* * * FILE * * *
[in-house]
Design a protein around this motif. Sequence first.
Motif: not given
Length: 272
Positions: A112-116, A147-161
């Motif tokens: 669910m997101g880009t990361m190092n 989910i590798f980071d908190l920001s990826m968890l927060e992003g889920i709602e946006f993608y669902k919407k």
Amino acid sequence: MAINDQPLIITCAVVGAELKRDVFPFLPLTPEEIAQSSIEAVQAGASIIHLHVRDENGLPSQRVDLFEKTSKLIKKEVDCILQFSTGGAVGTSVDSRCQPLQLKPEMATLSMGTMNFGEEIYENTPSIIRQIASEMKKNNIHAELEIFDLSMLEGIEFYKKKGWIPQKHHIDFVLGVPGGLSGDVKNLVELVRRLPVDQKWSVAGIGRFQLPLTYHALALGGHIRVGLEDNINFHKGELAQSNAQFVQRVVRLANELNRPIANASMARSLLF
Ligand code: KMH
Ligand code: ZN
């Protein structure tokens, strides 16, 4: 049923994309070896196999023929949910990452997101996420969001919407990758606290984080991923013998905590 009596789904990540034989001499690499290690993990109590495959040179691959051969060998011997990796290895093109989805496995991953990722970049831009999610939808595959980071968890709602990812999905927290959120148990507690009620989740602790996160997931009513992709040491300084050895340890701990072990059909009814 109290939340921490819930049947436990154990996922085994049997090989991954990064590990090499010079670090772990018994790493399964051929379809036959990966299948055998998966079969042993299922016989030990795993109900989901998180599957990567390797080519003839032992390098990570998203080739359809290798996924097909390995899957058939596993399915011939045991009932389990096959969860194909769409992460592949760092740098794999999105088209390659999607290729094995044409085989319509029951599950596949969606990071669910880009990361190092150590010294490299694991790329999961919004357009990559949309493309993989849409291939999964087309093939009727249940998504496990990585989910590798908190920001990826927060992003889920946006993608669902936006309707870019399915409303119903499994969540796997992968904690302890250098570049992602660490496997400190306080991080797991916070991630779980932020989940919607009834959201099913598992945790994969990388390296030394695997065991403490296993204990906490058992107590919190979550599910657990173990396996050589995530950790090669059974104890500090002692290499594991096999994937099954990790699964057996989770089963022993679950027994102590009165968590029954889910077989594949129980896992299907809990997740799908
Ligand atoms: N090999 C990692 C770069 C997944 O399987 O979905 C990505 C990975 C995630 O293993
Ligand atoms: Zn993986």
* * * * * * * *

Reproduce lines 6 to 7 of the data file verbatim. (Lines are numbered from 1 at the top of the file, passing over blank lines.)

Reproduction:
């Motif tokens: 669910m997101g880009t990361m190092n 989910i590798f980071d908190l920001s990826m968890l927060e992003g889920i709602e946006f993608y669902k919407k």
Amino acid sequence: MAINDQPLIITCAVVGAELKRDVFPFLPLTPEEIAQSSIEAVQAGASIIHLHVRDENGLPSQRVDLFEKTSKLIKKEVDCILQFSTGGAVGTSVDSRCQPLQLKPEMATLSMGTMNFGEEIYENTPSIIRQIASEMKKNNIHAELEIFDLSMLEGIEFYKKKGWIPQKHHIDFVLGVPGGLSGDVKNLVELVRRLPVDQKWSVAGIGRFQLPLTYHALALGGHIRVGLEDNINFHKGELAQSNAQFVQRVVRLANELNRPIANASMARSLLF